Nowhere have I ever stated or even implied such a thing.  Give me the quote from my writings where I say such a thing, Mr. Patrick.

2) "He’s stated that no where do we find that concept in the Bible."

Okay, to quote Mike Patrick, I have "stated" – which means I have written – that nowhere is the concept of asking Jesus to come into your heart in the Bible.  Again, give me the quote from my writings where I say such a thing, Mr. Patrick.

I have stated in a talk of mine, and in my writings, that we do indeed need to have a close, and very personal, relationship with Jesus Christ.  In fact, there is no relationship with Christ that is closer or more personal than being united with Him as one in the reception of the Eucharist, which I have also stated in one of my talks. 

What I have said, that Mike Patrick has so grossly misinterpreted, is that nowhere in the Bible does it say one becomes a "member of the Body of Christ" by "accepting Jesus into your heart as your personal Lord and Savior."  I will ask him again to give me book, chapter and verse that states such a thing.  However, just because I stated that Mr. Patrick’s belief about how one becomes a member of the Body of Christ is not in Scripture, does not mean I regard asking Jesus to come into your heart as a "silly thing to do."  It’s just that the Bible is very clear that one becomes a member of the Body of Christ through Baptism (1 Cor 12:13, Gal 3:27, Col 2:11-12). 

3) "The Bible actually tells us how that all works, but one needs to read it to find that out what it says; a practice Mr. Martignoni has taught us shouldn’t be done since we’ll come away with a “fallible” interpretation."

Again, another distortion based upon his fallible and biased interpretation of what I have written.  I have never said one should not read the Bible.  In fact, I have frequently stated that we need to read, meditate, pray, and soak in the Scriptures.  In 2 Peter 3:16, Peter talks about those who "twist" the Scriptures.  After seeing how Mr. Patrick has twisted my words, imagine what he can do to Scripture – well, you don’t have to imagine, you can just read his own words to find out.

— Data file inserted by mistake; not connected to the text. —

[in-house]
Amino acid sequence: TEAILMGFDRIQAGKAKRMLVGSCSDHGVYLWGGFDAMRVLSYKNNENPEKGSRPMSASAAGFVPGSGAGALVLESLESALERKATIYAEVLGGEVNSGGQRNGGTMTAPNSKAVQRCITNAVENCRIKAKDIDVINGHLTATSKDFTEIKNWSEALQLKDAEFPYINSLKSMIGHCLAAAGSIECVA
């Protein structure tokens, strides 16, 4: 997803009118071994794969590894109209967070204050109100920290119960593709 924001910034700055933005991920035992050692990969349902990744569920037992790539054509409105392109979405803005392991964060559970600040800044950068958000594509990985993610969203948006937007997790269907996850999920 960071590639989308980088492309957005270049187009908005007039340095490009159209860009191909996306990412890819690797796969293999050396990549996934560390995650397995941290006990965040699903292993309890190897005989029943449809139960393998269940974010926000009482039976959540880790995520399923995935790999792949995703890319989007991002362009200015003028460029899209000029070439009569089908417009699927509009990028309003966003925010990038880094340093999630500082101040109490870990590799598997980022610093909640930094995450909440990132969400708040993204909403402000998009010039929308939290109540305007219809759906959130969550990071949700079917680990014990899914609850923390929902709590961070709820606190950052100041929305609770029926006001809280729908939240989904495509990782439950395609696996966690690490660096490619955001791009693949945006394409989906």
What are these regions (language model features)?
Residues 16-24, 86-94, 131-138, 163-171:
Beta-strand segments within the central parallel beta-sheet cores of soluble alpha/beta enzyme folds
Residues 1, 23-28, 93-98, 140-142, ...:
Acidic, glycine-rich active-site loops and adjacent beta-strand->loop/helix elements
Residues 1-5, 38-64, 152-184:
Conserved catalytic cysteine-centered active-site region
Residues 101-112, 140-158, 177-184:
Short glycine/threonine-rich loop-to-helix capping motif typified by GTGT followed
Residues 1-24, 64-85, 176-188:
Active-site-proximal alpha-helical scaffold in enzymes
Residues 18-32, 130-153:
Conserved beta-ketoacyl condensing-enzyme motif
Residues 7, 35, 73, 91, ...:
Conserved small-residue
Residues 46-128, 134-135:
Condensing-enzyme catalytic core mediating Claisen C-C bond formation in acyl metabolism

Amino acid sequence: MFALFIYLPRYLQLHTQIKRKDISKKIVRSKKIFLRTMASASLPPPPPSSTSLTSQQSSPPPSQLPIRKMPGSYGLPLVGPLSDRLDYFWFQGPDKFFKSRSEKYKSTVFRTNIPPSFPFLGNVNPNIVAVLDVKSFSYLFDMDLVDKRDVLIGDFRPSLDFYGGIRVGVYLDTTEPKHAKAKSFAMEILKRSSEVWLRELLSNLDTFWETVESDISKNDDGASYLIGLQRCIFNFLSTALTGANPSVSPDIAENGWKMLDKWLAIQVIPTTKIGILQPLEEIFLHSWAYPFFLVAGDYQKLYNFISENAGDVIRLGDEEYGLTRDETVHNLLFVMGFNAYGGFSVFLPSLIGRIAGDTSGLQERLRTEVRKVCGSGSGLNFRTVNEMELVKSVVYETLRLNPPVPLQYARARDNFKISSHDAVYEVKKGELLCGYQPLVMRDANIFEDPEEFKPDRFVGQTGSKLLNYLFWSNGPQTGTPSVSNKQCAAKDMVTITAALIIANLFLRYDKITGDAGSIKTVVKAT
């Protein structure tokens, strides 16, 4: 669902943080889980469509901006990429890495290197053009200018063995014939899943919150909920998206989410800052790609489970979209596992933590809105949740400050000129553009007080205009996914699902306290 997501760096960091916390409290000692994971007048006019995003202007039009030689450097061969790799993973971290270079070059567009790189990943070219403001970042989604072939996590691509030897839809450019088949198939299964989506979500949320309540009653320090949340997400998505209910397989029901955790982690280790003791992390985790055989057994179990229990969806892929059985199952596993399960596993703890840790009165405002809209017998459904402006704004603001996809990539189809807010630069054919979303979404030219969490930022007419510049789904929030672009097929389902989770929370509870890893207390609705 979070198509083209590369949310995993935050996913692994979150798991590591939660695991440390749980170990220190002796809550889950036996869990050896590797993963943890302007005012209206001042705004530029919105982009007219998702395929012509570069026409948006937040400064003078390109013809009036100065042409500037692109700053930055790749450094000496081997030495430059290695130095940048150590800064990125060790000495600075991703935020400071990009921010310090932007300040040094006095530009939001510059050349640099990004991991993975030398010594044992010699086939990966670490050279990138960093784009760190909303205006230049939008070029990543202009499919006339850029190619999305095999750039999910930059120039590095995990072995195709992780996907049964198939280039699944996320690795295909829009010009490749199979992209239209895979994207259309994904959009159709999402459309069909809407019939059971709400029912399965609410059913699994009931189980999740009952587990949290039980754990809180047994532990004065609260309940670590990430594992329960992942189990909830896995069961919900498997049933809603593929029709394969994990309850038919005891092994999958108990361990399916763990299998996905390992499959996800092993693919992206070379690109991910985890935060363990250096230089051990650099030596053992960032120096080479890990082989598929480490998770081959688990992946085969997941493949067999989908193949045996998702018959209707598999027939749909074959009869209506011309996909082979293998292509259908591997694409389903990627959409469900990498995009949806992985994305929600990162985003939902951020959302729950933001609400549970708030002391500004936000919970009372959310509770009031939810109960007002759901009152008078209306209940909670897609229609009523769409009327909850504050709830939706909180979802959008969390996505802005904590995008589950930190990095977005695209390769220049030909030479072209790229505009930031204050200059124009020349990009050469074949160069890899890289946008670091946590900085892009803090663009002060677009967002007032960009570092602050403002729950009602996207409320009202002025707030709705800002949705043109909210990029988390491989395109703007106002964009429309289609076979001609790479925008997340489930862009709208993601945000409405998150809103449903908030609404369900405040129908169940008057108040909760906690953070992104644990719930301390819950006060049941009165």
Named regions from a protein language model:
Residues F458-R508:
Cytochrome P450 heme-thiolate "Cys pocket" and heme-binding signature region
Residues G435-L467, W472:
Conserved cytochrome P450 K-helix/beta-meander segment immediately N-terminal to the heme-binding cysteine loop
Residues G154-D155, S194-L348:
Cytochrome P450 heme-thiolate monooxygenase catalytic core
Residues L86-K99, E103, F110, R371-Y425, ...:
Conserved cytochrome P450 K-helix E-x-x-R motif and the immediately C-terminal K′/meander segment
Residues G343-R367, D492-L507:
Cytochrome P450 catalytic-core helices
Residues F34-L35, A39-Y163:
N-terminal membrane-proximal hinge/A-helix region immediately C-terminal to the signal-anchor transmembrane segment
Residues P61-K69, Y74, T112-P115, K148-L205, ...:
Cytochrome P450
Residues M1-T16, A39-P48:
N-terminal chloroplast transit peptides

4) "Evidently, Mr. Martignoni, believes the Holy Spirit has decided to withhold the ability of God’s children to personally understand His Holy Word."

I’ve never said nor implied such a thing.

5) "Mr. Martignoni’s assertion that it’s impossible for anyone to personally interpret things correctly."

Where have I ever asserted such a thing?  Mr. Patrick takes my statement about his "fallible interpretations" of the Bible and translates that into a general statement that I believe it is "impossible for anyone to personally interpret things correctly."  And his egregious errors in interpreting my words are simply a preview of what can happen when he turns his "Holy Spirit-inspired" interpretive abilities to Scripture. 

My assertion is that Mr. Patrick is not infallible when it comes to interpreting the Bible, although he seems to believe he is.  So I ask you, Mr. Patrick, point blank: Are you an authoritative interpreter of Scripture?  Yes or no?  Does the Holy Spirit guide you into an infallibly correct understanding of each and every verse of Scripture?  Yes or no?  And please, answer "yes" or "no" before explaining your answer, so there is no doubt as to what your answer is.

The point is, Mr. Patrick, that you keep telling us how Catholics are wrong, and how I am wrong, in what I believe and in how I interpret the Bible.  Yet, what we read in the Bible does not correspond in many instances with your personal interpretation of what the Bible says.  So, if you’re interpretations are fallible, why should we trust what you say the Bible says vs. our own understanding of what the Bible says?  (And, by the way, nothing in my beliefs contradicts anything in the Catechism of the Catholic Church – your interpretation of what I believe might contradict something in the Catechism, but not my actual belief.)  The point I’m leading to is this: What if two people, both of whom are "saved" in accord with your theological system, both of whom are diligent in reading the Bible and in prayer; read the same passage of Scripture and come to conflicting conclusions as to what it means…how do we determine which one, if either one of them, is correct in their interpretation?  Who decides disputes between two saved, Bible-reading, Holy Spirit-praying people over what a particular passage of the Bible means? 

6) "What I’m saying is that Mr. Martignoni’s point – that you and I can’t come to valid conclusions by reading the Bible, and by way of the Holy Spirit helping us to understand – is false."